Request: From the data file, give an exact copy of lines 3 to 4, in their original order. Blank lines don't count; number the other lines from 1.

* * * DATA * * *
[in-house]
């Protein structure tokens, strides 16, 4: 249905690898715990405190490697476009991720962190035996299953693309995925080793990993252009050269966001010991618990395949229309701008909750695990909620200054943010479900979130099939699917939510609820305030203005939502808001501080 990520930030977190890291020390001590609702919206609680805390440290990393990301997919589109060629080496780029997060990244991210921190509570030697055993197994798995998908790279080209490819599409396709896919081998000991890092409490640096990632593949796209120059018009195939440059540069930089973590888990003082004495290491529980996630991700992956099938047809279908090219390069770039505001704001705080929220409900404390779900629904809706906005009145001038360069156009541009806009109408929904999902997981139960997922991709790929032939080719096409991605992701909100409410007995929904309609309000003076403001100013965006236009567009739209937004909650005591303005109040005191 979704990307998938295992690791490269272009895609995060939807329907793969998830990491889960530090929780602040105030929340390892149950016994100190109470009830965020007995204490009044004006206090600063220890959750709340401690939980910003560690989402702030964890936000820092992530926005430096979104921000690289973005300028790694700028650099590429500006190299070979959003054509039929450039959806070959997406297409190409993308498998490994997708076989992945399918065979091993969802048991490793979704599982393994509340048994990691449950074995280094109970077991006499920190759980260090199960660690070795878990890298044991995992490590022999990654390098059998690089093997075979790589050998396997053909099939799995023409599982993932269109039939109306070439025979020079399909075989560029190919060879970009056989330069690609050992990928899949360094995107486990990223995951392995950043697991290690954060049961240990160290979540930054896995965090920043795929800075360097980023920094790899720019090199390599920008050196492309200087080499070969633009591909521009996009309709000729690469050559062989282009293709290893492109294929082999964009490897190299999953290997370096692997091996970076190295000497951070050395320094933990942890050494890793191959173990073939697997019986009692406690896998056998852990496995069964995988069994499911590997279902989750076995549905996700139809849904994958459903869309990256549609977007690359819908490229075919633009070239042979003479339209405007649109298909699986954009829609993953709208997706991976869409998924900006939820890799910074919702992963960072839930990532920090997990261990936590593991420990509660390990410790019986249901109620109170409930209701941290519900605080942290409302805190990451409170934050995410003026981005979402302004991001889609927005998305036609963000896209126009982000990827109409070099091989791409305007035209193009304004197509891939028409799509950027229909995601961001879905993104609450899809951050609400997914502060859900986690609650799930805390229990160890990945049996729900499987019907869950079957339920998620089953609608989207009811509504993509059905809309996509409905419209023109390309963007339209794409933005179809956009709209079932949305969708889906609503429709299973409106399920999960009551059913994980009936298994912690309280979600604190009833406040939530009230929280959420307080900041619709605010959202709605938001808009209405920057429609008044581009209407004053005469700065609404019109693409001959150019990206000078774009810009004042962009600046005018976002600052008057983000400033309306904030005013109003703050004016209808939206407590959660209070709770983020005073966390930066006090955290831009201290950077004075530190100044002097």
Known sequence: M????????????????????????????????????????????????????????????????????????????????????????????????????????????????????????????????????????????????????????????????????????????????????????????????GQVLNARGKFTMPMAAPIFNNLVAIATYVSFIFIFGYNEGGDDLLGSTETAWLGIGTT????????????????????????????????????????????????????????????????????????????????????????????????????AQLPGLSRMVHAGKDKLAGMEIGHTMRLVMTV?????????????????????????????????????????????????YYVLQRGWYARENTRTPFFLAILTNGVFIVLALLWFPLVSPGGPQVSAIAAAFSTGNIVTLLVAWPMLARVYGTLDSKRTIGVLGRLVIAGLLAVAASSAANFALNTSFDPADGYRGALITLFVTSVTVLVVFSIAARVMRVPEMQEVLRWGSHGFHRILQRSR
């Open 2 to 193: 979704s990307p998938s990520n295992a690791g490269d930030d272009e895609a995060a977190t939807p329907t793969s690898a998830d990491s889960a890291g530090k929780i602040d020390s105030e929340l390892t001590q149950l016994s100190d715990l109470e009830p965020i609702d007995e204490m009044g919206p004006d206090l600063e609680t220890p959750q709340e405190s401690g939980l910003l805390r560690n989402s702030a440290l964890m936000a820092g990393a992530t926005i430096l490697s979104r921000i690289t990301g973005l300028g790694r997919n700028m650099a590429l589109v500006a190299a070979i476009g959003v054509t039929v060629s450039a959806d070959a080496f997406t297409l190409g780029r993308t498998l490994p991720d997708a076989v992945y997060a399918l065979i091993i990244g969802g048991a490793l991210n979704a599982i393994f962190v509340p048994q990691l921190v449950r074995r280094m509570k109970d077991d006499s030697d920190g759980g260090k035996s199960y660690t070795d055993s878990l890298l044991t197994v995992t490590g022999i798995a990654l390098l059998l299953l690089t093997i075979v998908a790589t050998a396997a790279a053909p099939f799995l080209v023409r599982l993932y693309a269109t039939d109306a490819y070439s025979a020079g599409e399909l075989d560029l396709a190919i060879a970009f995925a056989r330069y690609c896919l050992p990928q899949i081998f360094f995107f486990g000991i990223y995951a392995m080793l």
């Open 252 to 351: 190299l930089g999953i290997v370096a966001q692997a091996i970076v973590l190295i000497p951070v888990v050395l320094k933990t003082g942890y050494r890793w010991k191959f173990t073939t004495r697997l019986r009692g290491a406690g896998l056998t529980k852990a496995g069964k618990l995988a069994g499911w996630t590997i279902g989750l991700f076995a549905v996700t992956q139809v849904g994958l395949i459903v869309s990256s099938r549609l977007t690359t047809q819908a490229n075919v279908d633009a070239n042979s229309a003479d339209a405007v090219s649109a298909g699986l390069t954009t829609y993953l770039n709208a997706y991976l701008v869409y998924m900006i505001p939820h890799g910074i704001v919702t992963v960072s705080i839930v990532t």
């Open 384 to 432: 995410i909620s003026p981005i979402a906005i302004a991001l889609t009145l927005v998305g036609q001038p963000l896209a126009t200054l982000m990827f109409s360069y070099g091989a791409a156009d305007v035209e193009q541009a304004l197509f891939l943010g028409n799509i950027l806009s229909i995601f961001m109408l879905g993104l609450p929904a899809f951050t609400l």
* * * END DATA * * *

Known sequence: M????????????????????????????????????????????????????????????????????????????????????????????????????????????????????????????????????????????????????????????????????????????????????????????????GQVLNARGKFTMPMAAPIFNNLVAIATYVSFIFIFGYNEGGDDLLGSTETAWLGIGTT????????????????????????????????????????????????????????????????????????????????????????????????????AQLPGLSRMVHAGKDKLAGMEIGHTMRLVMTV?????????????????????????????????????????????????YYVLQRGWYARENTRTPFFLAILTNGVFIVLALLWFPLVSPGGPQVSAIAAAFSTGNIVTLLVAWPMLARVYGTLDSKRTIGVLGRLVIAGLLAVAASSAANFALNTSFDPADGYRGALITLFVTSVTVLVVFSIAARVMRVPEMQEVLRWGSHGFHRILQRSR
């Open 2 to 193: 979704s990307p998938s990520n295992a690791g490269d930030d272009e895609a995060a977190t939807p329907t793969s690898a998830d990491s889960a890291g530090k929780i602040d020390s105030e929340l390892t001590q149950l016994s100190d715990l109470e009830p965020i609702d007995e204490m009044g919206p004006d206090l600063e609680t220890p959750q709340e405190s401690g939980l910003l805390r560690n989402s702030a440290l964890m936000a820092g990393a992530t926005i430096l490697s979104r921000i690289t990301g973005l300028g790694r997919n700028m650099a590429l589109v500006a190299a070979i476009g959003v054509t039929v060629s450039a959806d070959a080496f997406t297409l190409g780029r993308t498998l490994p991720d997708a076989v992945y997060a399918l065979i091993i990244g969802g048991a490793l991210n979704a599982i393994f962190v509340p048994q990691l921190v449950r074995r280094m509570k109970d077991d006499s030697d920190g759980g260090k035996s199960y660690t070795d055993s878990l890298l044991t197994v995992t490590g022999i798995a990654l390098l059998l299953l690089t093997i075979v998908a790589t050998a396997a790279a053909p099939f799995l080209v023409r599982l993932y693309a269109t039939d109306a490819y070439s025979a020079g599409e399909l075989d560029l396709a190919i060879a970009f995925a056989r330069y690609c896919l050992p990928q899949i081998f360094f995107f486990g000991i990223y995951a392995m080793l």